The writing and rehearsals on the new material were held at drummer John Silver's parents home, in Oxford. Upon completion of the writing of the material, the band entered the studio in August 1968, while the boys where on vacation from school. The entire music was recorded within two days and the production and mixing phase took another 10 days.
During the mixing, string and brass instrument were added to the recordings, without the band's permission. The arrangements were added to one side of the stereo while all of the band's channels were dense into the other side, a fact that angered the band members, especially Anthony Phillips.
It is interesting to note, that this recording marked the first time Tony Banks had played the Hammond organ. Gabriel played the flute in addition to his singing.
Another interesting fact, is that the song that seals the album "A Place to Call My Own", was originally a more complex and longer song, which may indicate the style the band will pursue later on. The song was shortened and trimmed to suit the atmosphere of the rest of the songs on the album.
Beyond the Bee Gees' influences, one can hear other influences like "The Beatles", "The Byrds" and "The Moody Blues" especially the string arrangements the producer tried to emulate during the mixing stage.
The album was released on March 7, 1969, but it failed commercially in real time. It was only after the band's success in 1974 that the album returned to the charts and began to sell. Part of the failure is attributed to King's decision not to display the band's name on the cover, but only the caption "From Genesis To Revelation" on a black background, which immediately cataloged "Genesis" as Christian music and sent the album to the shelves of religious music at the record stores. The reason why the band's name was not featured on the album, was the fact that King learned that there was already an American band that met the same name.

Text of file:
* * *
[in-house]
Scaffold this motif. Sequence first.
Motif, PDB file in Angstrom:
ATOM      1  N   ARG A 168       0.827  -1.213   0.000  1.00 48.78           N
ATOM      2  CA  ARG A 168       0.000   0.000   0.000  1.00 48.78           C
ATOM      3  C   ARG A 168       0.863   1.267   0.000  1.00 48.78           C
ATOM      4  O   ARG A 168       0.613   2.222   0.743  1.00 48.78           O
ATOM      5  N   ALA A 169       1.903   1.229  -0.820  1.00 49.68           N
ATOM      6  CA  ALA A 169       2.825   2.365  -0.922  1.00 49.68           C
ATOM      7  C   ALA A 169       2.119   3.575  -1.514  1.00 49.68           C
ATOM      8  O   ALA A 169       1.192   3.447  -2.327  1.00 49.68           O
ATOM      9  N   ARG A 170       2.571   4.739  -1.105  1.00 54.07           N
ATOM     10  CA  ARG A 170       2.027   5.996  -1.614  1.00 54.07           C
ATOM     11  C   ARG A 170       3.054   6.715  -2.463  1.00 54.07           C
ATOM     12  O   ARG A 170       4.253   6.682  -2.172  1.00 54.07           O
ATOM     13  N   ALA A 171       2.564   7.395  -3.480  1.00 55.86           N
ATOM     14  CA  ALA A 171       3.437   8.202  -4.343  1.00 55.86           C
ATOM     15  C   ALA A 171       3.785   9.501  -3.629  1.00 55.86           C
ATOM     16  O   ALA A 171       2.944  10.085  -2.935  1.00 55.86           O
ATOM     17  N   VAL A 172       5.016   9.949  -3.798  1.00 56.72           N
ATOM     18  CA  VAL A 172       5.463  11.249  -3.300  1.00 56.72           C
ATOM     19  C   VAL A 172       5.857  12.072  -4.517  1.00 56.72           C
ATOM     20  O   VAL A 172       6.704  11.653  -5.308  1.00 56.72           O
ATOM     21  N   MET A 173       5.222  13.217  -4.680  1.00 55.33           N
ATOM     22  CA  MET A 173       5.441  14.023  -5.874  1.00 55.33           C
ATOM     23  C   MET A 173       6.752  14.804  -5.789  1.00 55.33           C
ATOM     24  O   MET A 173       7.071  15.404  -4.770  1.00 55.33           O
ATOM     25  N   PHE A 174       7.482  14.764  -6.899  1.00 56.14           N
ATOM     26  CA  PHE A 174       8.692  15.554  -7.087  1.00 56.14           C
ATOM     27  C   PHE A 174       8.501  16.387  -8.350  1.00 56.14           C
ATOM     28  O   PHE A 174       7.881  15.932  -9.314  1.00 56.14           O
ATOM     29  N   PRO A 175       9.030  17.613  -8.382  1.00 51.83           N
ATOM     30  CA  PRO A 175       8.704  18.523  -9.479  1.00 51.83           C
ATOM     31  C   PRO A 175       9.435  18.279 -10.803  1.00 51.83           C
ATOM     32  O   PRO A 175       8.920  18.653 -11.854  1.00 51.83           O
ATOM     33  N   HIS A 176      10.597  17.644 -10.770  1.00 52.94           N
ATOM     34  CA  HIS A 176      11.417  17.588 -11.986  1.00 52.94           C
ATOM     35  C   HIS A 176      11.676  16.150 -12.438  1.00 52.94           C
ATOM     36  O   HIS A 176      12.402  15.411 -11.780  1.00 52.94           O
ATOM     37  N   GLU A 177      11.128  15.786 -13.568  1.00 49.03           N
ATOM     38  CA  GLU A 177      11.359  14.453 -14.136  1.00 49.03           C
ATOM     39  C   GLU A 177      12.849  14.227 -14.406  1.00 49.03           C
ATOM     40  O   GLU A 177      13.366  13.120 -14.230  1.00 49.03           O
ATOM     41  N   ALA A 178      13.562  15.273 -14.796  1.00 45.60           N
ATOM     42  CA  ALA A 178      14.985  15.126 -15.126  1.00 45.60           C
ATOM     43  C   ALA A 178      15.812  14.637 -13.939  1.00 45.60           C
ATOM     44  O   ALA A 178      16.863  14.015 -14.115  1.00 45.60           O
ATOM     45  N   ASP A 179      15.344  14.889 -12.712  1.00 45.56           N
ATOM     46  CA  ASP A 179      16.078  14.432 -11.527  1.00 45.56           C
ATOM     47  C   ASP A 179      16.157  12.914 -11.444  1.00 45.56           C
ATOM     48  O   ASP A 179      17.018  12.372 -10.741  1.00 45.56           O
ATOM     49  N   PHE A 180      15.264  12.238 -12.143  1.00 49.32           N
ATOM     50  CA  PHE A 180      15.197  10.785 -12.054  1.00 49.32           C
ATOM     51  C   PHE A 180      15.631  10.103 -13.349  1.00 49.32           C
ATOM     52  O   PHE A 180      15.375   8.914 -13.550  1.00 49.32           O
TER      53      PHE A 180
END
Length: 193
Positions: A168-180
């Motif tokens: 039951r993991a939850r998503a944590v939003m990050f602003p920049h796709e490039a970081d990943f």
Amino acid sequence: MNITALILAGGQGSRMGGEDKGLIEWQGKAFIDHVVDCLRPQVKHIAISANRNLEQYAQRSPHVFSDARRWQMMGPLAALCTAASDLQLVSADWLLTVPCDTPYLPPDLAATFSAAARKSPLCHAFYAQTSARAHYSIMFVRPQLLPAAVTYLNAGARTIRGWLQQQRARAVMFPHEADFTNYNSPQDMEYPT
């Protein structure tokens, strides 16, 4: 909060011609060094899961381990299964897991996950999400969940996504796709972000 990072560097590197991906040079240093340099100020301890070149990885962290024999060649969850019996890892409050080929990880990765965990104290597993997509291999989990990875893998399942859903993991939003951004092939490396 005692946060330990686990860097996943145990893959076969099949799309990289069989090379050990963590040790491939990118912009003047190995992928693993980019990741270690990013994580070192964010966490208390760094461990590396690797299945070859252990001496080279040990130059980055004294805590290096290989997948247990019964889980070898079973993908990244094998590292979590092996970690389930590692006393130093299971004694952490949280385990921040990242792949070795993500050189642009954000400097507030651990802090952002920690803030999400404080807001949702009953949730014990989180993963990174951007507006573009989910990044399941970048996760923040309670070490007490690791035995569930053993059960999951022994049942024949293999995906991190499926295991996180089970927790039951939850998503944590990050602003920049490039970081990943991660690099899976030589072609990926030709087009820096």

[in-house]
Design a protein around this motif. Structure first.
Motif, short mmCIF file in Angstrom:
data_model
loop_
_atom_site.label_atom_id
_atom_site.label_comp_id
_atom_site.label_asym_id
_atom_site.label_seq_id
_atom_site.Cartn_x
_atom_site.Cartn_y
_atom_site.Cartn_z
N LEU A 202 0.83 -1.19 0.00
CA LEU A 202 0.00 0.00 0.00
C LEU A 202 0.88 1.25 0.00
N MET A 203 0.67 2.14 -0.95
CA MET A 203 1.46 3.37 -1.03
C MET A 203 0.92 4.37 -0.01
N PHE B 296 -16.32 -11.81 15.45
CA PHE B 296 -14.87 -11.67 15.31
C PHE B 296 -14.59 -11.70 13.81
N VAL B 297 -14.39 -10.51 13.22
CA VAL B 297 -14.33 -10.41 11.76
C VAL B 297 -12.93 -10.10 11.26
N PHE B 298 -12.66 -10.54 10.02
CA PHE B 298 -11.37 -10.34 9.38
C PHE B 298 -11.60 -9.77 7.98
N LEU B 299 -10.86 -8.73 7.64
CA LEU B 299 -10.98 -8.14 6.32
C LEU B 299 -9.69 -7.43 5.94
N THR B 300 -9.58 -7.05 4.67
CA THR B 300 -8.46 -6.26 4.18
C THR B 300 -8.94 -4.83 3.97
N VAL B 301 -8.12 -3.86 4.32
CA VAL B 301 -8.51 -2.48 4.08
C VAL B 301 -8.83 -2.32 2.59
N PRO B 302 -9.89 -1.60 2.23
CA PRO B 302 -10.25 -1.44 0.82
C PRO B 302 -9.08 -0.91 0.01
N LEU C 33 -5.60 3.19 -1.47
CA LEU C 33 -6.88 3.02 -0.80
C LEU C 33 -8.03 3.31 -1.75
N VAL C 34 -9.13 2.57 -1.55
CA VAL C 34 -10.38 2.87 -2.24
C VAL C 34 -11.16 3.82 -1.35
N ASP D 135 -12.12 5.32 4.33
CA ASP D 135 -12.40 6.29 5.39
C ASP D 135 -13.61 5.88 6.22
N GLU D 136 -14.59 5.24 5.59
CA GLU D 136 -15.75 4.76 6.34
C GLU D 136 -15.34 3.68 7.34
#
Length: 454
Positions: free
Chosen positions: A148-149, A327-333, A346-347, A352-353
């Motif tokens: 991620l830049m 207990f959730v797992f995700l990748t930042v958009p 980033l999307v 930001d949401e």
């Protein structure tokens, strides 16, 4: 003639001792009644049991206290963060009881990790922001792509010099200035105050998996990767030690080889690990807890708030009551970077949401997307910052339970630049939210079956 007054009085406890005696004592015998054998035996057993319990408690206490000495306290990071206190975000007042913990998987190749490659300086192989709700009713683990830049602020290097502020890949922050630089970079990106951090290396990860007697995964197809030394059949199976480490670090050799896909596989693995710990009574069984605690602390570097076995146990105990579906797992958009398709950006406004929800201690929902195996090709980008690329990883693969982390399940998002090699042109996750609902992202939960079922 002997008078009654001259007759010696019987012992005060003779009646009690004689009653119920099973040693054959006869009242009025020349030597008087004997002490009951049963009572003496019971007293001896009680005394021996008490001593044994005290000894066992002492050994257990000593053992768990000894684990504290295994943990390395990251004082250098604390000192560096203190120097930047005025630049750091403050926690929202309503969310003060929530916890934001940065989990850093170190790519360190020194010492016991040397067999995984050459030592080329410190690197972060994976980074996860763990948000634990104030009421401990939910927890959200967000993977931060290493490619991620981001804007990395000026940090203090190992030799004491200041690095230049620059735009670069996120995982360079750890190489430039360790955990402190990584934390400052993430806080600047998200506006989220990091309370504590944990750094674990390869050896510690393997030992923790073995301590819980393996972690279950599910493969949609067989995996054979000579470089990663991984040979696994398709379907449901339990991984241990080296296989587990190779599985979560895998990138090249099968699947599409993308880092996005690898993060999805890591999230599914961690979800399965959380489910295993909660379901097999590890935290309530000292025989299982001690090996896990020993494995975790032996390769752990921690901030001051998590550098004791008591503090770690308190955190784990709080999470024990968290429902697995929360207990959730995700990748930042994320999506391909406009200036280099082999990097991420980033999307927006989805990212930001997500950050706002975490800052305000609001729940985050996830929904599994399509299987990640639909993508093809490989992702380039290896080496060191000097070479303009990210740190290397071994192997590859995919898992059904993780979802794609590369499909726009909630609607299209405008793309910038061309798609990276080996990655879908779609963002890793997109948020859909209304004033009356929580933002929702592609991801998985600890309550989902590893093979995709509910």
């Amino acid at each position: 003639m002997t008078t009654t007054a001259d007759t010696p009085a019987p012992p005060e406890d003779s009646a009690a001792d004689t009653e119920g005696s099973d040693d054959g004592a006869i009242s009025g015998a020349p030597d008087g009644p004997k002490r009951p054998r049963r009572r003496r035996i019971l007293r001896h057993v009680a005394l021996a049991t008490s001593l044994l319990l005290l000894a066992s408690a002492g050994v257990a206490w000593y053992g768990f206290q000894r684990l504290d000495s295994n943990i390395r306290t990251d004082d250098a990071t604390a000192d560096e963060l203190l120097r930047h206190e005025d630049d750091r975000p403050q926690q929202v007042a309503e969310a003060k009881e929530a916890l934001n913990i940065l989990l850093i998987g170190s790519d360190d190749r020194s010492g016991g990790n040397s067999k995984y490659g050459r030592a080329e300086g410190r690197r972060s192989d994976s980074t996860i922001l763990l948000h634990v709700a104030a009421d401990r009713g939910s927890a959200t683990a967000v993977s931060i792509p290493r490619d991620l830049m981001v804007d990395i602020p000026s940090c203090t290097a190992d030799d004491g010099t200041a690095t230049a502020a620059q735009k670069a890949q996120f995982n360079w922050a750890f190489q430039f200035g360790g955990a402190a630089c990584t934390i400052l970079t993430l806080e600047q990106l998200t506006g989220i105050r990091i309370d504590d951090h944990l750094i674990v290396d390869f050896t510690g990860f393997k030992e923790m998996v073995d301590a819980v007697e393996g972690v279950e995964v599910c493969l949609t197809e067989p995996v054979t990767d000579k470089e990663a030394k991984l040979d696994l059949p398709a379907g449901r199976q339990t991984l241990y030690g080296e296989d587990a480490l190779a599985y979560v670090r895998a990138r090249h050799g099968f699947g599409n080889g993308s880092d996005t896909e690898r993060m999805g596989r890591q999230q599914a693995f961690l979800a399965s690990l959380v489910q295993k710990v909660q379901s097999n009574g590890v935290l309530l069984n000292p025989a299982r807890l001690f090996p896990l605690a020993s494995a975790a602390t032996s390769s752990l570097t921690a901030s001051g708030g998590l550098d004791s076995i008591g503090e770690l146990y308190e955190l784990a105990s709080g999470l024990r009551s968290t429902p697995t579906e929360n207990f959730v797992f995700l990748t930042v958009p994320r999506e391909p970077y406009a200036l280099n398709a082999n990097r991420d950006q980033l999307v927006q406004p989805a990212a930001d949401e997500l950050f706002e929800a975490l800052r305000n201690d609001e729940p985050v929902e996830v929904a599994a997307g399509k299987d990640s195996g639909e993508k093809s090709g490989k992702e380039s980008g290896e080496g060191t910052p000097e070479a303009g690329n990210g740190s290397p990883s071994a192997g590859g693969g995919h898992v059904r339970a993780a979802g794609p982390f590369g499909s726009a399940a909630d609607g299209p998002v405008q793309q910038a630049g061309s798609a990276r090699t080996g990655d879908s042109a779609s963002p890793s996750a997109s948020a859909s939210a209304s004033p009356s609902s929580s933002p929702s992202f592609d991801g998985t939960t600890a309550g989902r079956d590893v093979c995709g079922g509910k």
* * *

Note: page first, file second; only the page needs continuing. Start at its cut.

Following the commercial failure of the album, the band members turned to other pursuits, with the exception of Peter Gabriel who played flute on Cat Stevens' third album - "Mona Bone Jakon".
In September 1969, the band members returned to work together, having managed to break free from the contract with the record company and King. Everyone unanimously agreed that the Pop style that King forced on them was not what they wanted to do. In June 1970 the members started recording what would become "Trespass" and that was already the beginning of a completely different story.
Unfortunately this album will be remembered for its meager sales which is a shame, since there are a lot of good songs here with beautiful melodies, which amazingly were written at such a young age. So true, this is not the classic "Genesis", in fact this album is not at all reminiscent of the Progressive Rock "Genesis", but it's still a good classic rock-pop album.